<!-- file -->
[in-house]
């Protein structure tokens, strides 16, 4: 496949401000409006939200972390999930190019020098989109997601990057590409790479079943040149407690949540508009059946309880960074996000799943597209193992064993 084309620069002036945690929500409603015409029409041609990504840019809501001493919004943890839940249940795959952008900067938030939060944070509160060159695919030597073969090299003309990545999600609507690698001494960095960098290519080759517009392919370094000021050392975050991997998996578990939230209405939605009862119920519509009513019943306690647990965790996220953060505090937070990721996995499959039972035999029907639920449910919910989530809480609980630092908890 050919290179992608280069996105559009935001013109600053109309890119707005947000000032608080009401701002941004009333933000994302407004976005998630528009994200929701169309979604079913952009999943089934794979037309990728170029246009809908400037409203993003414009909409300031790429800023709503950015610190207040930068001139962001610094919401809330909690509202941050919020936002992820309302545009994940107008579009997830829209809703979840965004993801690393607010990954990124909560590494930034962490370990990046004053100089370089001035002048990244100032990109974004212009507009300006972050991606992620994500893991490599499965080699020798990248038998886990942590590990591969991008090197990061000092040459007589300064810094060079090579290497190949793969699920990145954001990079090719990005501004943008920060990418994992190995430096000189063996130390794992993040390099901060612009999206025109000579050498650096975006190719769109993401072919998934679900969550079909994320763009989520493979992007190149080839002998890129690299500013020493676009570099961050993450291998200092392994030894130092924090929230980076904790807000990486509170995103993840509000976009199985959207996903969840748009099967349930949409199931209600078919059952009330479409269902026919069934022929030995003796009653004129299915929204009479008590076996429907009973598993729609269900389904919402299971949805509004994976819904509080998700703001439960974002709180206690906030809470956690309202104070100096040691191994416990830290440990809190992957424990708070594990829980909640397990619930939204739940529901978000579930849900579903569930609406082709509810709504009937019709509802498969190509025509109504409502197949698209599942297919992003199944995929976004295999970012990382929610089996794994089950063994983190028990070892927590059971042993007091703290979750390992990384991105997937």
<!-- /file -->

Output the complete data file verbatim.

[in-house]
């Protein structure tokens, strides 16, 4: 496949401000409006939200972390999930190019020098989109997601990057590409790479079943040149407690949540508009059946309880960074996000799943597209193992064993 084309620069002036945690929500409603015409029409041609990504840019809501001493919004943890839940249940795959952008900067938030939060944070509160060159695919030597073969090299003309990545999600609507690698001494960095960098290519080759517009392919370094000021050392975050991997998996578990939230209405939605009862119920519509009513019943306690647990965790996220953060505090937070990721996995499959039972035999029907639920449910919910989530809480609980630092908890 050919290179992608280069996105559009935001013109600053109309890119707005947000000032608080009401701002941004009333933000994302407004976005998630528009994200929701169309979604079913952009999943089934794979037309990728170029246009809908400037409203993003414009909409300031790429800023709503950015610190207040930068001139962001610094919401809330909690509202941050919020936002992820309302545009994940107008579009997830829209809703979840965004993801690393607010990954990124909560590494930034962490370990990046004053100089370089001035002048990244100032990109974004212009507009300006972050991606992620994500893991490599499965080699020798990248038998886990942590590990591969991008090197990061000092040459007589300064810094060079090579290497190949793969699920990145954001990079090719990005501004943008920060990418994992190995430096000189063996130390794992993040390099901060612009999206025109000579050498650096975006190719769109993401072919998934679900969550079909994320763009989520493979992007190149080839002998890129690299500013020493676009570099961050993450291998200092392994030894130092924090929230980076904790807000990486509170995103993840509000976009199985959207996903969840748009099967349930949409199931209600078919059952009330479409269902026919069934022929030995003796009653004129299915929204009479008590076996429907009973598993729609269900389904919402299971949805509004994976819904509080998700703001439960974002709180206690906030809470956690309202104070100096040691191994416990830290440990809190992957424990708070594990829980909640397990619930939204739940529901978000579930849900579903569930609406082709509810709504009937019709509802498969190509025509109504409502197949698209599942297919992003199944995929976004295999970012990382929610089996794994089950063994983190028990070892927590059971042993007091703290979750390992990384991105997937």